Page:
Europe’s ‘populists and extremists’ thus come in markedly different Left-Right hues. Still, in one important respect it is true they are alike. They talk an avowedly ethical language. However questionable some of their interpretations, a focus on values is unmistakeable. They decry injustice, call for fairness, and harness a sense of outrage. This contrasts with the dry mode of reasoning that prevails in contemporary political discourse. When governing politicians, central bankers, IMF officials and media commentators discuss the economic crisis, it is often as a technical problem. Phrases such as ‘quantitative easing’, ‘debt restructuring’ and the like present themselves as value-neutral solutions aimed at repairing the functioning of a system. Austerity programmes have been widely promoted in this technical, data-driven fashion. While ethical positions are certainly implicit – advocates of austerity typically display an indifference to social inequality consistent with a rightist orientation – it is in the form of rational calculus that these arguments are advanced.
Many of the casualties in these most recent Euro-elections have been parties associated too closely with this technical mode of politics. This applies to the governing austerity parties of several Mediterranean countries, liberal parties such as the German FDP and British Lib Dems, and many other mainstream parties of the Centre-Right and Centre-Left. The success of anti-establishment parties of one kind or another, with their insistence on questions of justice and fairness, is evidence of widespread public disaffection with the politics of expertise. Low rates of participation – just 13% in Slovakia – are testament to the same.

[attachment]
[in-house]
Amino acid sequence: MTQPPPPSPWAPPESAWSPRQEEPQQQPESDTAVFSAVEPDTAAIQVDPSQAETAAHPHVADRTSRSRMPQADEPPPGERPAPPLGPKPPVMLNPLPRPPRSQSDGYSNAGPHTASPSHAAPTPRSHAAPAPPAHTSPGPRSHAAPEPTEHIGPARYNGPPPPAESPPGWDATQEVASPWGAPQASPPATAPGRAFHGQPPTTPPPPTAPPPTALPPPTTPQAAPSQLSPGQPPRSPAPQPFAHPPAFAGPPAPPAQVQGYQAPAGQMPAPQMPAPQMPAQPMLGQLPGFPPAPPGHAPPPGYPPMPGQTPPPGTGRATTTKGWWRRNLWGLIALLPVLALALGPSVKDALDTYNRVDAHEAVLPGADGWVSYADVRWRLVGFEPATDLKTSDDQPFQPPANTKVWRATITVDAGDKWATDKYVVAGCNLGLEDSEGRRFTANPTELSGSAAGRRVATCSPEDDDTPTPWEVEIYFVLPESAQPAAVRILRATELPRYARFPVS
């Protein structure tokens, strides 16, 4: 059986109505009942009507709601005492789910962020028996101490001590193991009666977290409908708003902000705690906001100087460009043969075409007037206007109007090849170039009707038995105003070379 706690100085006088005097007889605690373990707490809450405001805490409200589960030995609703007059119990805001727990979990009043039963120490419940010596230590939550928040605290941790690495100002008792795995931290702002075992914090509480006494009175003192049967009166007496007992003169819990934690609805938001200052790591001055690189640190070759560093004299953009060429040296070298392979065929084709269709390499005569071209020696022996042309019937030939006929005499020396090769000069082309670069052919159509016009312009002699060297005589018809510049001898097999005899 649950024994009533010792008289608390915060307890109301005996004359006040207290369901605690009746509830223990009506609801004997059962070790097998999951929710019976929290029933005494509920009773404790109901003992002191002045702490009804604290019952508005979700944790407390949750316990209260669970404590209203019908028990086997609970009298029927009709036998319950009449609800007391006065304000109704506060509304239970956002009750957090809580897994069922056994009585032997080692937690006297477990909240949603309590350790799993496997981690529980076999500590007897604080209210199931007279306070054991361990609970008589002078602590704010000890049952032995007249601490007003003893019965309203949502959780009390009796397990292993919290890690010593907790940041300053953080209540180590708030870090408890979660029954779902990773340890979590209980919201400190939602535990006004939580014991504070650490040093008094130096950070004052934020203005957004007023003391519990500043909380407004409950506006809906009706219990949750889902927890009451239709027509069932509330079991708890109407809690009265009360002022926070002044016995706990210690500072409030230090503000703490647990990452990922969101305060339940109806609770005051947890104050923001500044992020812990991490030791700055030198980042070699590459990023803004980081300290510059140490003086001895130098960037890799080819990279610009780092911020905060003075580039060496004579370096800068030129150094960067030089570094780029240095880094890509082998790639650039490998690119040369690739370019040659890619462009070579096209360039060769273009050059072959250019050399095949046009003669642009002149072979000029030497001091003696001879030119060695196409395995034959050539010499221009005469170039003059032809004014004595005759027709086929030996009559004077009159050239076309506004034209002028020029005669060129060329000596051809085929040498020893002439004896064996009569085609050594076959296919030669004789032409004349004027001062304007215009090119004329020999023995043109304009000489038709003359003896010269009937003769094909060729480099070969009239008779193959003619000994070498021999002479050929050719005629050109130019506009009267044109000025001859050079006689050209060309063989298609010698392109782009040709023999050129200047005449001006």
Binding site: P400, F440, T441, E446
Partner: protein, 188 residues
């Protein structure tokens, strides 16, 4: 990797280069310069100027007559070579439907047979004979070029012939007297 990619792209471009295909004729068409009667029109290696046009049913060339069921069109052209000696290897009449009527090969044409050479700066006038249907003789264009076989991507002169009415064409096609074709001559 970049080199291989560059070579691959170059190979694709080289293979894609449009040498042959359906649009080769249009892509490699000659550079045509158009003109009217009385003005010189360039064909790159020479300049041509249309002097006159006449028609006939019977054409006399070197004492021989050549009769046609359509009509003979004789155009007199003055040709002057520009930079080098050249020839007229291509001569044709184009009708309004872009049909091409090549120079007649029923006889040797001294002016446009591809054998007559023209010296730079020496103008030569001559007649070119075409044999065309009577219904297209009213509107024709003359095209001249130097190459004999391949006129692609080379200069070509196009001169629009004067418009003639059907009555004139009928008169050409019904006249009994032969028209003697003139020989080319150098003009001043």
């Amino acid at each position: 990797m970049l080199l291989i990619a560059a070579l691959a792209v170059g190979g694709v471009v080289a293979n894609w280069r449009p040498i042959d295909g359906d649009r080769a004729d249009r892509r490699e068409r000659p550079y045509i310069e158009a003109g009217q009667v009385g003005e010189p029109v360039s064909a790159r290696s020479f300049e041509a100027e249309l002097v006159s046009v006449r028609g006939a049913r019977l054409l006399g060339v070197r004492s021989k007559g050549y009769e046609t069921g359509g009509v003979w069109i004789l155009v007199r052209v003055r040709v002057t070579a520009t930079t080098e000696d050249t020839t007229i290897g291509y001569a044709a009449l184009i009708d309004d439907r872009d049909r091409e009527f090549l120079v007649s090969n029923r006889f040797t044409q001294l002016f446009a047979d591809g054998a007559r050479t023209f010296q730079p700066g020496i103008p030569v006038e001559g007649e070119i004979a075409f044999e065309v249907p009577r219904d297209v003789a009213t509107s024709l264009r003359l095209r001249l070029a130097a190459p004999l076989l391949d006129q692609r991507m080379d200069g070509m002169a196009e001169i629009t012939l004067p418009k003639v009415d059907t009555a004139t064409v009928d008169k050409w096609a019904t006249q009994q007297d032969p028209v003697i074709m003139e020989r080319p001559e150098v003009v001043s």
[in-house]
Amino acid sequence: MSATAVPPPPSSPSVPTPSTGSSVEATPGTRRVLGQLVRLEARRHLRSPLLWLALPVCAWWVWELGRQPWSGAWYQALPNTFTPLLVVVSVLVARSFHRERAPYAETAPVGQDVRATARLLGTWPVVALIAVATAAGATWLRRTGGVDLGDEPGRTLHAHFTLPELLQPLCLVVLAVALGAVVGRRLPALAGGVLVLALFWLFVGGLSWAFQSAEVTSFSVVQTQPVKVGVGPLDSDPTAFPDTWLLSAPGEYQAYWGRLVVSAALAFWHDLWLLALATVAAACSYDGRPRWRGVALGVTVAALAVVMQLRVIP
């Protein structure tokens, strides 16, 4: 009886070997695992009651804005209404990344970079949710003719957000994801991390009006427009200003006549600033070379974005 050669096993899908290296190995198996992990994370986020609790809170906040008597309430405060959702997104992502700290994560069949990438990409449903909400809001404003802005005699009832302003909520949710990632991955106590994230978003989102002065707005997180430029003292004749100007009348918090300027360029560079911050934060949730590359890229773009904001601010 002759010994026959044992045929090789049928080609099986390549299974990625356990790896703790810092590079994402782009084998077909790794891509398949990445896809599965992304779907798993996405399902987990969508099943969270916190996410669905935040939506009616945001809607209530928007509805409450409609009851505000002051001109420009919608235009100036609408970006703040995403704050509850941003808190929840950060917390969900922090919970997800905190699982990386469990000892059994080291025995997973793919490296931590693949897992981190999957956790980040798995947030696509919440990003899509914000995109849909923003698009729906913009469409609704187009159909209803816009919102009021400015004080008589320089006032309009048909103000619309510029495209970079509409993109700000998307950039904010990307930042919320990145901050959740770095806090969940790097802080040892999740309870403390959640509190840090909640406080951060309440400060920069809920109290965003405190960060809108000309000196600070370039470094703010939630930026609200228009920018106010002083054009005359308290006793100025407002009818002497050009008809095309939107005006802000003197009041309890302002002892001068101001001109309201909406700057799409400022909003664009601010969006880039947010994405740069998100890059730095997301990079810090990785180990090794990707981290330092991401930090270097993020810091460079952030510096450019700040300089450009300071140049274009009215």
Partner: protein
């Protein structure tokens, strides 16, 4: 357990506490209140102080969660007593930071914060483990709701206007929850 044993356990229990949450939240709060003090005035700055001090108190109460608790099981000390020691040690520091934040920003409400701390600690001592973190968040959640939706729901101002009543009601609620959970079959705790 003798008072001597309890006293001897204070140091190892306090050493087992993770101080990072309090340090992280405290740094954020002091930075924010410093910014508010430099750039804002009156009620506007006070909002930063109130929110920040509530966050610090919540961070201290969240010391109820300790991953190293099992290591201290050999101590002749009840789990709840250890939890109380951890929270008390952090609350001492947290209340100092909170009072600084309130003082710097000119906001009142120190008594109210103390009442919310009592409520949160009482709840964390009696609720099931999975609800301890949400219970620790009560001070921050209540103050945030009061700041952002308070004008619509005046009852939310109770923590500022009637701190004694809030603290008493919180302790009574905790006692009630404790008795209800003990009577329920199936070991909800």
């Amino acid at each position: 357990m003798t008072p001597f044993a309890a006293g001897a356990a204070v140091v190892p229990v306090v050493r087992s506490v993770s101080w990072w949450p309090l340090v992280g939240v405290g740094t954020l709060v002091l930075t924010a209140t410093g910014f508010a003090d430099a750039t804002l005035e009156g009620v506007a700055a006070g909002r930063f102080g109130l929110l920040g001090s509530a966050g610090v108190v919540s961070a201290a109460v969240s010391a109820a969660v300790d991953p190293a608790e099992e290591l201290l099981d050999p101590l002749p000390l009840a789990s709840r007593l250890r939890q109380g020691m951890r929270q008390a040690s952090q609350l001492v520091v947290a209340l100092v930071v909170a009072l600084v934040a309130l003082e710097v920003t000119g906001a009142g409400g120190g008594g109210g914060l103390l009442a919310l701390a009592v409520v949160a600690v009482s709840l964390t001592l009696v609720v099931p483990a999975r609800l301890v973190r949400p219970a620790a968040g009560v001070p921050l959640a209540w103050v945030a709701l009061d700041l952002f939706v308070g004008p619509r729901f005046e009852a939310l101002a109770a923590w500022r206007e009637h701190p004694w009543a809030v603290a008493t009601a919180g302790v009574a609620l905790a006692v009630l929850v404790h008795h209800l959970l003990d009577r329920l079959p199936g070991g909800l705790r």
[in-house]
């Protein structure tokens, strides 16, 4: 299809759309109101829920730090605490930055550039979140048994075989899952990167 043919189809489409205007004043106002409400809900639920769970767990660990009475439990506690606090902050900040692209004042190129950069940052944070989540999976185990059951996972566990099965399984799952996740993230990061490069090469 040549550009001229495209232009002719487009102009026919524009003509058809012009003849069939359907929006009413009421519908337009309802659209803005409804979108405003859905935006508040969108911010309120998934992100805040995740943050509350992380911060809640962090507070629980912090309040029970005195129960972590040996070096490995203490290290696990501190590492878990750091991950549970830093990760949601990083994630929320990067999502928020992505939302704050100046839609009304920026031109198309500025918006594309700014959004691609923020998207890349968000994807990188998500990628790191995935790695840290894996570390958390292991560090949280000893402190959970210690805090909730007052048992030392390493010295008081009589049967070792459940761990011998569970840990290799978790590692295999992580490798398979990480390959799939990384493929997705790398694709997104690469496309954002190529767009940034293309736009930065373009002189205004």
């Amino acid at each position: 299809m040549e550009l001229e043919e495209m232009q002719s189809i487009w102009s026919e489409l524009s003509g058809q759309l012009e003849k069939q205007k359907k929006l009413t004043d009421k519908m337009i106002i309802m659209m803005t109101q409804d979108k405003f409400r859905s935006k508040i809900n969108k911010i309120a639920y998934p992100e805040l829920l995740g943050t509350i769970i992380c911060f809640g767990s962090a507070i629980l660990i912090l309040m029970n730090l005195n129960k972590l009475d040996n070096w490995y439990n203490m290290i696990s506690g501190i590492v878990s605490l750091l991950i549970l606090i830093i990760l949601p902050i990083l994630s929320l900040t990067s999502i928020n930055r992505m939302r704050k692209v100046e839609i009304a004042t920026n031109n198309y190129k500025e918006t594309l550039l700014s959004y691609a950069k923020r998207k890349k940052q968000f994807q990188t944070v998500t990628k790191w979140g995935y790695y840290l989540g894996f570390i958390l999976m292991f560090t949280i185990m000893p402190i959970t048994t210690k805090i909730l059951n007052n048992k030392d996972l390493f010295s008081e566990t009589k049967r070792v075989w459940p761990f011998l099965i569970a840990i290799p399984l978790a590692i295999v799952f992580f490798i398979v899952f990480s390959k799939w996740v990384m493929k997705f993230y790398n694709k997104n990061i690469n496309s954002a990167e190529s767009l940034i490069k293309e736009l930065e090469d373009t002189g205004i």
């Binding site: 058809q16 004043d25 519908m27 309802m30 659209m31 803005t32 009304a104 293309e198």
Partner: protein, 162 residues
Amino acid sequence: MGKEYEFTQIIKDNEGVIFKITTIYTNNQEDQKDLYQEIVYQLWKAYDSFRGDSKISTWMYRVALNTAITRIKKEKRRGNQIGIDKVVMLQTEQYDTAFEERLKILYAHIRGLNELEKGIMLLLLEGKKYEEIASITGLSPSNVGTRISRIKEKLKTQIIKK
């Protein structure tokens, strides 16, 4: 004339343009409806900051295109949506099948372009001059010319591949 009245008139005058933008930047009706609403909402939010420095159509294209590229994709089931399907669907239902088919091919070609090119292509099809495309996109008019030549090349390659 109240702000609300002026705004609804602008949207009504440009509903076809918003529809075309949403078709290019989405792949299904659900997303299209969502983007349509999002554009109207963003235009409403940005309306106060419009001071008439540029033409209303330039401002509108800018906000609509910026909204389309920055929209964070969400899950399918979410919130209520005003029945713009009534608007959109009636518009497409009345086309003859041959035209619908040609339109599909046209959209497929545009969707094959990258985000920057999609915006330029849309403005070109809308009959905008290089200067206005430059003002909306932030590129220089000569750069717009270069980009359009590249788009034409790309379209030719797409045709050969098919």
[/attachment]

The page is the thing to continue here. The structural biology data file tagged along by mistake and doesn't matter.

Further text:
But it is this technical mode of politics that remains entrenched in Europe’s wider institutional machinery. It dominates the decision-making of the European Council, European Central Bank and European Commission, and will continue to be well represented in the Parliament itself. Recent institutional innovations such as the European Semester, in which national budgets are submitted to the Commission for prior approval, seem destined to embed further the politics of expertise.
If then these elections illuminate an increasingly polarised political landscape, marked by the rise of left-wing parties in addition to the well-documented successes on the right, it remains to be seen how far these divisions will impinge on decision-making. Avowedly ethical discourses of Left and Right continue to find themselves politically marginal in much of Europe, and are easily lumped together and dismissed as ‘populists and extremists’ by the louder voices of politics, business and media. A more democratic Europe requires not only distinguishing these left- and right-wing formations, so that to criticise some is not to criticise all, but weakening the institutional dominance of a technical mode of politics that obscures its own ethical basis.
Jonathan White is Associate Professor (Reader) in European Politics at the London School of Economics and Political Science.
This article was published in openDemocracy.